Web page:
There’s a lot of common ground between growing a business and growing flowers. I have a passion for both.
Two co-workers go to the same nice restaurant on the same evening. They order the same meal from the same waiter. All identical, except their perceptions. When asked, "How was the service?" Mary replied, "I felt like a queen. The service was exceptional. They whisked my salad plate away when I didn't even notice, and refilled my water glass all of the time. She even refolded my napkin when I got up to use the restroom!"
You're stuck. You have an important problem to solve. You need consensus where there is none currently. These are all great opportunities to consider engaging an outside facilitator.
In Daniel Pink's book, "To Sell Is Human," he explains what he calls "Non-sales selling: persuading, convincing and influencing others to give up something they've got in exchange for what we've got." The role of today's executive has shifted from order-giver to "mover." Pink explains, "Moving other people to part with resources, whether something tangible like cash or intangible like effort or attention -- so that both get what they want."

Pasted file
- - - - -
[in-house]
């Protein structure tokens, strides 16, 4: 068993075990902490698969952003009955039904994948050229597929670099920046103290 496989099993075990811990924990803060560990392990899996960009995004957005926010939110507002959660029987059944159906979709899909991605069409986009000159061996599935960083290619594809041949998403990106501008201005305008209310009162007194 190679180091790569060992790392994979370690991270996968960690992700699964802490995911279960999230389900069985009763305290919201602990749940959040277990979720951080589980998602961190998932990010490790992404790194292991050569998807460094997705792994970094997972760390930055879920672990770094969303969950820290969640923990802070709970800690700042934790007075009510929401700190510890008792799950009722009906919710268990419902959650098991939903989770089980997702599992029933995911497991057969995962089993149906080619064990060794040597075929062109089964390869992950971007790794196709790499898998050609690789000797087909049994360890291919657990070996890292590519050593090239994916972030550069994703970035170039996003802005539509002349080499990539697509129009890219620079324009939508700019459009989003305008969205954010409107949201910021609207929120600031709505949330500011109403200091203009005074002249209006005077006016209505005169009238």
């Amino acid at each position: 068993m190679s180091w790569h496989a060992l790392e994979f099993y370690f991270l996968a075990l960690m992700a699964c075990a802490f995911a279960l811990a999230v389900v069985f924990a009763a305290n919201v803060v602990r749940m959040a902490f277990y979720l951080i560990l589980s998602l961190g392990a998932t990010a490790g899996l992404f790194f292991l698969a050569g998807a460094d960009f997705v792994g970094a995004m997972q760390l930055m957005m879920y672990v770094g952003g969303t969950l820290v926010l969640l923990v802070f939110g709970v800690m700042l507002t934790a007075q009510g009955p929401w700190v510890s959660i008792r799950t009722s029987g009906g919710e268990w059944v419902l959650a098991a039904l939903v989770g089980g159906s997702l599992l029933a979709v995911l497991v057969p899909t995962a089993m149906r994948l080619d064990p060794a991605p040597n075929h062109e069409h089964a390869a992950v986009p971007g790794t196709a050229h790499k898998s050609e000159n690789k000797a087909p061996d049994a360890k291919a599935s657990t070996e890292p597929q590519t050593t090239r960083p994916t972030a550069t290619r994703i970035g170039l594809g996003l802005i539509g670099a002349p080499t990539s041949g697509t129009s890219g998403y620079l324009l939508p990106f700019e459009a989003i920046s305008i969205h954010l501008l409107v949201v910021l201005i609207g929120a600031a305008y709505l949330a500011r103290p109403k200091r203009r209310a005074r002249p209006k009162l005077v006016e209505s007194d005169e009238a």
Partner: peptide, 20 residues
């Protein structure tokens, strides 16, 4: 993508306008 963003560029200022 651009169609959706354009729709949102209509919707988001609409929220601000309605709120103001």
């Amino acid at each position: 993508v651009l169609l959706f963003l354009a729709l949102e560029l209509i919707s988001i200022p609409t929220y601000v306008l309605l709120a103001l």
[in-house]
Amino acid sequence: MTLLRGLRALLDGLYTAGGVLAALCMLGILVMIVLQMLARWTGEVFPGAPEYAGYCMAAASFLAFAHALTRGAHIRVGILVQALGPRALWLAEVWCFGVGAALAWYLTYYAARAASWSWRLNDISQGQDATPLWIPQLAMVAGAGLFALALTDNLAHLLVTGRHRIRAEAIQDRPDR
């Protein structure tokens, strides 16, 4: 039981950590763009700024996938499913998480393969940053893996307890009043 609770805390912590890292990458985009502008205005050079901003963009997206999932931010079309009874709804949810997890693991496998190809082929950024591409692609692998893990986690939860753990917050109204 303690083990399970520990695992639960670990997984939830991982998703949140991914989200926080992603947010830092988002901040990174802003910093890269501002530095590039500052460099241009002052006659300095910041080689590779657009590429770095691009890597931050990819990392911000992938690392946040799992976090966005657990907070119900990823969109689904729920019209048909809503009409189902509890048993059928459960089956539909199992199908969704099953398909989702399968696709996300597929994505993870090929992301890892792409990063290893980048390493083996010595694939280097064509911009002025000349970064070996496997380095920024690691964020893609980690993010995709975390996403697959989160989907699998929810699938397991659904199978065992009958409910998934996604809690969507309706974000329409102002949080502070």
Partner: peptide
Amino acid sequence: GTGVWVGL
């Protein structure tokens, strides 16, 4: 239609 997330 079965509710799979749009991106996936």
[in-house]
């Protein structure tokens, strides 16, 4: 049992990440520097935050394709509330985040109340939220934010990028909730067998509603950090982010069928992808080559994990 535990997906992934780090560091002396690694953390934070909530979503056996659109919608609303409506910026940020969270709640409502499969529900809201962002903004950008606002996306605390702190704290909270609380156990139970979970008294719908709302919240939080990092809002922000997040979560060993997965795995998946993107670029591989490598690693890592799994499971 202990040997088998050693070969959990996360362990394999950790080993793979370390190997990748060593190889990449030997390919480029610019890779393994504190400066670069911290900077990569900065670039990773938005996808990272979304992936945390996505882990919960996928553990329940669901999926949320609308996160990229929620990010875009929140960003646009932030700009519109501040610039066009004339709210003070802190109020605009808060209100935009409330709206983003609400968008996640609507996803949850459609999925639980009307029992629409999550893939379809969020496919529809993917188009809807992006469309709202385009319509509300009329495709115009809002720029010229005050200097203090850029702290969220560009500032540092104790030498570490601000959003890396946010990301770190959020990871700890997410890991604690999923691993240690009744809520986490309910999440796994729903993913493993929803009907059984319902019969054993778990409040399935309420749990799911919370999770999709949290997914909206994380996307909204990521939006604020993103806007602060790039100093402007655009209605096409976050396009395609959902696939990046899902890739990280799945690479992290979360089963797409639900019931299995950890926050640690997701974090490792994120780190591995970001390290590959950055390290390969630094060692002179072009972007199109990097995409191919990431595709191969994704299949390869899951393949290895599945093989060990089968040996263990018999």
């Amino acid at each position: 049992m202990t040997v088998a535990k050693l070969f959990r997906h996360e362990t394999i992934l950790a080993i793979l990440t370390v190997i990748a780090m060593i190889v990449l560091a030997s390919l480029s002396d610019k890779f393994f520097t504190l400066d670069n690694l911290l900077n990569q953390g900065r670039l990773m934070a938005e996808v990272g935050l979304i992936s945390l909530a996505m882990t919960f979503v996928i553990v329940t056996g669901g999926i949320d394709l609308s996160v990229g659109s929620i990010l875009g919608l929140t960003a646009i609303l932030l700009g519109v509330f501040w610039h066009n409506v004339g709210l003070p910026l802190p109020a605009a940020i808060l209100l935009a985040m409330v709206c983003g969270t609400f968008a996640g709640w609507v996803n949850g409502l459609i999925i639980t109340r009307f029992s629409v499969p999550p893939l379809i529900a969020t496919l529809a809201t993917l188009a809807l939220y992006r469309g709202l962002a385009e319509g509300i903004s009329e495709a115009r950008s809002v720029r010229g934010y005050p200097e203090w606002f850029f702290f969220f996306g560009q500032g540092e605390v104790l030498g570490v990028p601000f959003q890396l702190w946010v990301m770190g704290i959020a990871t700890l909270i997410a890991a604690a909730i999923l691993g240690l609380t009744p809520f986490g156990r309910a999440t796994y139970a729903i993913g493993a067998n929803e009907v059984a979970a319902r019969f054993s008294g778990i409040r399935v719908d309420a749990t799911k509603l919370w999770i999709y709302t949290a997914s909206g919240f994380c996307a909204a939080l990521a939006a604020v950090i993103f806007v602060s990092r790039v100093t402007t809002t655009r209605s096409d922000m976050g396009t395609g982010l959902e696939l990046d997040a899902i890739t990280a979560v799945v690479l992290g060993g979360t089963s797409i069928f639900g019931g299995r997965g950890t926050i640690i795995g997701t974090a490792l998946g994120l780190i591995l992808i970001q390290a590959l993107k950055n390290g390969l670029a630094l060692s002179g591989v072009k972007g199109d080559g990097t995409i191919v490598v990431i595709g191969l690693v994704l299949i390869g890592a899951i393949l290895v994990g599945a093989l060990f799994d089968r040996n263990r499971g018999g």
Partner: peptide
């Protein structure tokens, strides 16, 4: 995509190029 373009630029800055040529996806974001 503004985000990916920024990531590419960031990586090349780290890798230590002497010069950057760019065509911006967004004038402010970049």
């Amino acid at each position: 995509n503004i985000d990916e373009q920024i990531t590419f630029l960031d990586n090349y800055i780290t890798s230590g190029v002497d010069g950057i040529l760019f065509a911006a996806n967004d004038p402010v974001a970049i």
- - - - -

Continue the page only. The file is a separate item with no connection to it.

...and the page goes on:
One size never fits all.
Are leaders born or made? Yes they are. Just like all skills. Some level of talent is simply baked into our DNA at birth. However, most of the skills we need to excel in today's world can be developed and honed. Particularly when it comes to selecting the correct leadership style for each particular situation. No one style fits all situations.
"Begin with the end in mind" is one of Dr. Stephen Covey's Seven Habits of Highly Effective People. This approach applies directly to persuasive presentations.
When you are preparing to give a presentation, the key question to ask yourself is: "What do I want the audience to think, feel and do?" This powerful approach addresses the three components to effectively drive the recipients towards a "yes."